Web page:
With the Shea Weber-to-Vancouver pipedream
on hold for a year dead, the Canucks (and their fans) now have to shift their attention back in house. Alex Edler, the club’s best defenseman, has one year left on his current contract (a four-year deal he signed back in 2010). The Canucks can extend his contract at any point this summer or throughout the 2012-13 season, but the same correlation of forces that incentivized Weber to "utilize" the current CBA and sign a lifetime extension before it expires in September, are at play.
Edler is slated to become an unrestricted free agent next summer, and should he hit the open market, the demand would be extraordinary. That said, he has some incentive to extend his deal at some point in the next seven weeks…
Read on past the jump to find out my thoughts on Edler’s next contract.
Edler’s extension is a tricky issue for Mike Gillis and company, for a few reasons. One, with the uncertainty over a new CBA, there are many variables that may change come September. Two of the biggest are UFA age (currently 27 or seven accrued NHL seasons) and contract length (currently there is no limit on the term of a contract).
If either of those issues were to change with the new CBA, the framework of a potential Edler deal would change dramatically. It was pretty clear that Shea Weber preferred to sign long-term under the current rules, but for Edler and the Canucks the situation is obviously different.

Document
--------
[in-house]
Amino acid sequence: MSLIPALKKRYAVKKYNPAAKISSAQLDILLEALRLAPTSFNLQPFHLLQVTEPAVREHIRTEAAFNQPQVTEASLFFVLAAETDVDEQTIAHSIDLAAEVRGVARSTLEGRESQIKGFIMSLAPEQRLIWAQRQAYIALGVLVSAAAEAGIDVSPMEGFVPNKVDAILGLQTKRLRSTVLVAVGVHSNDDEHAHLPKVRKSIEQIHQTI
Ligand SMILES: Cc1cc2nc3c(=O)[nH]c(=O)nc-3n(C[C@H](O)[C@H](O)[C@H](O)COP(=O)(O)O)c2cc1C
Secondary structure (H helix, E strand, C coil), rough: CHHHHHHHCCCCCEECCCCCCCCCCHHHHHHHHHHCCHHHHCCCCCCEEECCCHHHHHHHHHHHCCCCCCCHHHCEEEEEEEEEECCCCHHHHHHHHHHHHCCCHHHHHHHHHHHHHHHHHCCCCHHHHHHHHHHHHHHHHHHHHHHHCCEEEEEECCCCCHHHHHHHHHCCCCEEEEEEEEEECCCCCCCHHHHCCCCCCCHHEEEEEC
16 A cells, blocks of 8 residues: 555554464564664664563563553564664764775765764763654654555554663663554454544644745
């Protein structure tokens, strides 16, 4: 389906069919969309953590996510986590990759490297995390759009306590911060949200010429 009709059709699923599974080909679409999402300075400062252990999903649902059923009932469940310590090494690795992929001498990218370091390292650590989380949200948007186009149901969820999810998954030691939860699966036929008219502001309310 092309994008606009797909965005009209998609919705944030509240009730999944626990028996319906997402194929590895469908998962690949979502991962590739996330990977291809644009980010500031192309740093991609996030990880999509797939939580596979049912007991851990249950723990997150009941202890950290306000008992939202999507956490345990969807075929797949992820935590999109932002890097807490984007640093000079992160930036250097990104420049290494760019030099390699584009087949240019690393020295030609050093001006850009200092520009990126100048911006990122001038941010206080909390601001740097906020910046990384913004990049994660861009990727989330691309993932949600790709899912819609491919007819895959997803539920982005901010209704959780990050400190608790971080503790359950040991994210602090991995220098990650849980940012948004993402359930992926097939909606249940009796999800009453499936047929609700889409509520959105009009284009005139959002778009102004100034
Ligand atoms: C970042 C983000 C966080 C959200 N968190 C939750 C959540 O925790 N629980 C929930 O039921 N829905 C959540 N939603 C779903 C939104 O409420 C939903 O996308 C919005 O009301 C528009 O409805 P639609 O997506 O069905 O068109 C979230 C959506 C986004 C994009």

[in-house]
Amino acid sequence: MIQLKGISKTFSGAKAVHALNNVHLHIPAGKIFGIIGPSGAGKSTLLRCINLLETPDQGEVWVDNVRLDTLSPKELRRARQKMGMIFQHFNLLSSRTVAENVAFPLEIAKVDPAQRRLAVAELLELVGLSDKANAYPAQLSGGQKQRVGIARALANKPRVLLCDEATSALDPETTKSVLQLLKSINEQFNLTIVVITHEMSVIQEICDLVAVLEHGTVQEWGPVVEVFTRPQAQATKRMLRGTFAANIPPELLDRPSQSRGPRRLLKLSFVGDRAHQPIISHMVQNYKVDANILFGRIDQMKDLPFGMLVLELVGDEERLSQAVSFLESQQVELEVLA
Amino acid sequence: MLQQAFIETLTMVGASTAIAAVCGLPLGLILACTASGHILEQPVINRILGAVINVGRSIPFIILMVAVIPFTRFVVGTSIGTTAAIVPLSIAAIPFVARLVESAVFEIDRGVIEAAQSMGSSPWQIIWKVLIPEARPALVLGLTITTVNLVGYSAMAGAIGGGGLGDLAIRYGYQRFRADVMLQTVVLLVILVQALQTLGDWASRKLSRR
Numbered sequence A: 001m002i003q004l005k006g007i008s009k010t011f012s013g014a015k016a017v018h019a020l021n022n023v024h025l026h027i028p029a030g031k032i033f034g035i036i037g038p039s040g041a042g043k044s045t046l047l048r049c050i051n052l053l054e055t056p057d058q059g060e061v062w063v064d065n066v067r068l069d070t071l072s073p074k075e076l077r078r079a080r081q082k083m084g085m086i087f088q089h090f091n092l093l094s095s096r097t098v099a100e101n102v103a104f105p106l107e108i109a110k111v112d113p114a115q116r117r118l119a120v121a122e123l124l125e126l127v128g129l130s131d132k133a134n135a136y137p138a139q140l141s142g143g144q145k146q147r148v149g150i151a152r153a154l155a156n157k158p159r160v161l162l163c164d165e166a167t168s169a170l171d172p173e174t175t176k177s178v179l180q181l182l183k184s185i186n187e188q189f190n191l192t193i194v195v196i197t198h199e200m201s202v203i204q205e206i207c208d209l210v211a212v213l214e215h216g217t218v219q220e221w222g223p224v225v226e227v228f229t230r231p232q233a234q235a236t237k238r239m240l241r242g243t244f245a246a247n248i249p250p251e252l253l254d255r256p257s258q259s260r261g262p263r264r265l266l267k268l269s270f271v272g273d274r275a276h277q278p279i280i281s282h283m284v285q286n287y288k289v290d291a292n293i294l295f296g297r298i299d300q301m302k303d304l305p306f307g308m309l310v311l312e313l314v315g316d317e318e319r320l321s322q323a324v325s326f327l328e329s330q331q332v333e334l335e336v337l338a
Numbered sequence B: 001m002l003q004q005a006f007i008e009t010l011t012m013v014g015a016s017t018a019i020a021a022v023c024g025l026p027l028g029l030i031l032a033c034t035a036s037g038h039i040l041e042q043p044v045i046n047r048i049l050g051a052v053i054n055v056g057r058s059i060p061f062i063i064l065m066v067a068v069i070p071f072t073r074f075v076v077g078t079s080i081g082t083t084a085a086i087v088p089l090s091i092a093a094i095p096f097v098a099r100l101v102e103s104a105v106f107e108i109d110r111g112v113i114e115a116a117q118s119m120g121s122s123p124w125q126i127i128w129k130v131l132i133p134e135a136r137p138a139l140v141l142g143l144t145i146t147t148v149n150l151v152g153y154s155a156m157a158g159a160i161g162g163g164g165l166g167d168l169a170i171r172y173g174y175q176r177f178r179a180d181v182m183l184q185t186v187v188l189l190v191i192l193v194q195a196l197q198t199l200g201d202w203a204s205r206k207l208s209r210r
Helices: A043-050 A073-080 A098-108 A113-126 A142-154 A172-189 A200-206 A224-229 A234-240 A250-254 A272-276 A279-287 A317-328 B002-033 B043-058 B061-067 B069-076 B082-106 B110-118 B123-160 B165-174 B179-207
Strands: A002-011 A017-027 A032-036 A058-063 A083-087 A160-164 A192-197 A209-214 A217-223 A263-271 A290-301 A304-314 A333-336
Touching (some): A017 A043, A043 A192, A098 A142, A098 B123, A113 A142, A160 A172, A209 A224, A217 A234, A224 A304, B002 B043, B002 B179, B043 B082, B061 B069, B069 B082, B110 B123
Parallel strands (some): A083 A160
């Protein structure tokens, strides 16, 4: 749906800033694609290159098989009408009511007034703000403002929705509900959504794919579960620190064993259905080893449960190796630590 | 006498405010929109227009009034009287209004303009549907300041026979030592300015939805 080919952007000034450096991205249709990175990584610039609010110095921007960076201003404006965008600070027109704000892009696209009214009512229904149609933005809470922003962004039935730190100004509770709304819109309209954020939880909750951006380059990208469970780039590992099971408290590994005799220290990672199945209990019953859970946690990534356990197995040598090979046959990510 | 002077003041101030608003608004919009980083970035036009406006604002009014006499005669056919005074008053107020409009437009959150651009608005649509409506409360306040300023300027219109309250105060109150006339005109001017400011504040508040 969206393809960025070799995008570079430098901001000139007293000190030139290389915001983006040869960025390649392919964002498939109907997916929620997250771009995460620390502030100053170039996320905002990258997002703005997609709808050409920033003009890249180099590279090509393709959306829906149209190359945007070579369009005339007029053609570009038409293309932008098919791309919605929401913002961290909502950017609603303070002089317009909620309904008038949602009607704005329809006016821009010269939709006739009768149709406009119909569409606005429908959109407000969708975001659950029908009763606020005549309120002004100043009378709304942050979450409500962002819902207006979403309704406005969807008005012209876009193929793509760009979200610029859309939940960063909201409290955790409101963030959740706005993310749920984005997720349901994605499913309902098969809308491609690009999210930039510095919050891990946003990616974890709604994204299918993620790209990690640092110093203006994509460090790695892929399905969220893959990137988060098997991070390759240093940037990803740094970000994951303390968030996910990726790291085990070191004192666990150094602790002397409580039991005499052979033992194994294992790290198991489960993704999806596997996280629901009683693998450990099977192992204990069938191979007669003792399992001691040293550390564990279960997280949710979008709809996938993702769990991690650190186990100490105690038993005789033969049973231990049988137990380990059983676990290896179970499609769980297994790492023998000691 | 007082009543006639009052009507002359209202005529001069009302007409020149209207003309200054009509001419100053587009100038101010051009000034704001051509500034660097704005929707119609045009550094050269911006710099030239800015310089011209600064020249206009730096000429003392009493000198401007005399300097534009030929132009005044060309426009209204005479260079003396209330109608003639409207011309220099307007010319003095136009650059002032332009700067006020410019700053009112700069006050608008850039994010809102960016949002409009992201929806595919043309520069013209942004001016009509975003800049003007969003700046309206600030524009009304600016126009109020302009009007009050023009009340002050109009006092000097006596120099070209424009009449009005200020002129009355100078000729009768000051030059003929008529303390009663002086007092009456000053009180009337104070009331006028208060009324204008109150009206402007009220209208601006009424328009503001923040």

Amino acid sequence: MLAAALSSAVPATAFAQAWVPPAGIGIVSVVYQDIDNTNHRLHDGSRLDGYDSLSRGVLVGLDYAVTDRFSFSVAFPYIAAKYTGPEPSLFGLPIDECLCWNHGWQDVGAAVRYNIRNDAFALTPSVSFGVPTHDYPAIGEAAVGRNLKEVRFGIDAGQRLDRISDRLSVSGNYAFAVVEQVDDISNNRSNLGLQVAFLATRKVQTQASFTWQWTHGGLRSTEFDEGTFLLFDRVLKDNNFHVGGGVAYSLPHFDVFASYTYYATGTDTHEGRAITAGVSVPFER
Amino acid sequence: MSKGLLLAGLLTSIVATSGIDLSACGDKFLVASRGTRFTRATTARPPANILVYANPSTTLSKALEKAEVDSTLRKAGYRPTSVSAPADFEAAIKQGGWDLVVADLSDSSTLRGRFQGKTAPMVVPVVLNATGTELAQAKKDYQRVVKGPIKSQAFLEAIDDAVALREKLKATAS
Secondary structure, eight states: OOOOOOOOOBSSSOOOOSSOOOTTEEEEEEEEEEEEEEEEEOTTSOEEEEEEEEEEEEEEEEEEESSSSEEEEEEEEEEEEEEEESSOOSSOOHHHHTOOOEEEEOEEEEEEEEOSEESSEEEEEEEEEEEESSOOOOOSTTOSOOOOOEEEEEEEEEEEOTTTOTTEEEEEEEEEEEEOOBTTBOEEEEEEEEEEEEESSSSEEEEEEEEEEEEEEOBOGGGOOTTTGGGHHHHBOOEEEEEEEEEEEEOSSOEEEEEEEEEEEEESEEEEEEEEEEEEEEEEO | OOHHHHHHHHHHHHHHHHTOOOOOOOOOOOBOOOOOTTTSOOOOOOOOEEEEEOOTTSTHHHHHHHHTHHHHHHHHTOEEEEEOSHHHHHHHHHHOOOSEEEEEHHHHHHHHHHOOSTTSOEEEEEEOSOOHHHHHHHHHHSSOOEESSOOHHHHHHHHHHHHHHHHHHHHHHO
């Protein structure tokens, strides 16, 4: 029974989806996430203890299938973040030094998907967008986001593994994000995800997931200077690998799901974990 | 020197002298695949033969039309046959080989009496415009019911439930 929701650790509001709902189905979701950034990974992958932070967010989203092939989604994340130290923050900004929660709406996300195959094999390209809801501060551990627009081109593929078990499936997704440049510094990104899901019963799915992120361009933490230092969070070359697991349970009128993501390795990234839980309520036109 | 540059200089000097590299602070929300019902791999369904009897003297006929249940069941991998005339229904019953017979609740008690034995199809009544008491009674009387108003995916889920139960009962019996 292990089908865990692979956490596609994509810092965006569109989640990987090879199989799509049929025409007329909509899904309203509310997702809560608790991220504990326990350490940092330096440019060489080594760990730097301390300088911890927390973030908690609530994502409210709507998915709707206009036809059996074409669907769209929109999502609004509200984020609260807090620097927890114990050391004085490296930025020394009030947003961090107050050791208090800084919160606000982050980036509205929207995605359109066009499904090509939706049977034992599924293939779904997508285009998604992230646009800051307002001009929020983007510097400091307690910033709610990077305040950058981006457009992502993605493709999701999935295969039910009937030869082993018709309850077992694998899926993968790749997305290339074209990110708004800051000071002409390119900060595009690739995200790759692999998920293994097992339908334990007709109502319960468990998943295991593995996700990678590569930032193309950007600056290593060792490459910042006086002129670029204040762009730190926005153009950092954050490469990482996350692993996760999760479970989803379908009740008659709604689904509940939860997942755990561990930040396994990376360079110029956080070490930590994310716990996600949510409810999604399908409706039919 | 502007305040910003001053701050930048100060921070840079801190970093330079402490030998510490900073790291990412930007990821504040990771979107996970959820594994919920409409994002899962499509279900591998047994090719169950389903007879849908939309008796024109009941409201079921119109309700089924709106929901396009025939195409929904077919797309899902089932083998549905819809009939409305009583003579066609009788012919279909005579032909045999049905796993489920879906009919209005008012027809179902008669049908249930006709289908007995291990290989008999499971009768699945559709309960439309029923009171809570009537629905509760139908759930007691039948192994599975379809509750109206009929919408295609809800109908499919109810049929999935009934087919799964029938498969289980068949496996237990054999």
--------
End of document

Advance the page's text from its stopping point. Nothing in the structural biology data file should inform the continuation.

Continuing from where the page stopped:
Where Weber has proven to be among the league’s best defenseman year after year, Edler has consistently struggled with consistency. Without doubt, he’s flashed the ability of a guy who could become a true number one defenseman. He is big, mobile, physical, and he possesses elite offensive abilities. The other side of the coin is that his ridiculous skill set doesn’t always shine through, and he continues to suffer from stretches of subpar play.
Like during the first round against the Los Angeles Kings this past April. In 2011, Edler returned from injury just in time for the playoffs and he returned with a bang, physically punishing the Chicago Blackhawk forward group. It was the opposite in the first round against the Kings this past season, Edler’s physical play seemed tentative and he was prone to sloppy and costly decision making in his own end.
Edler finished 2011-12 with 49 points, good for seventh among all NHL defensemen and he led all Vancouver defensemen in ice time averaging 23:51 per contest. Here is a look at the defensemen who finished close to Edler in scoring across the league. The age, salary cap, and status columns are from when the players signed their current respective contracts (for example, Campbell signed his contract as a free agent in the summer of 2008).
|Goals||Points||Cap hit (millions)||Age||Salary Cap||Status|
This isn’t a big scientific list of comparables, and it’s a small sample size, but it does highlight what we are probably aware of already – Edler is in line for a significant raise. Of the defensemen above, he isn’t in Weber’s class, but he could hold his own against any of them. Yandle may be the best comparison as they are the same age, but Edler is better defensively and is a more consistent physical presence, too.
Let’s dig a little deeper.
Edler doesn’t do the heavy lifting on Vancouver’s defense – that goes to the Hamhuis-Bieksa pairing. He plays against quality opposition, but he starts the bulk of his shifts in the offensive zone (and his deployment in the 2010-11 season was even more offensively oriented).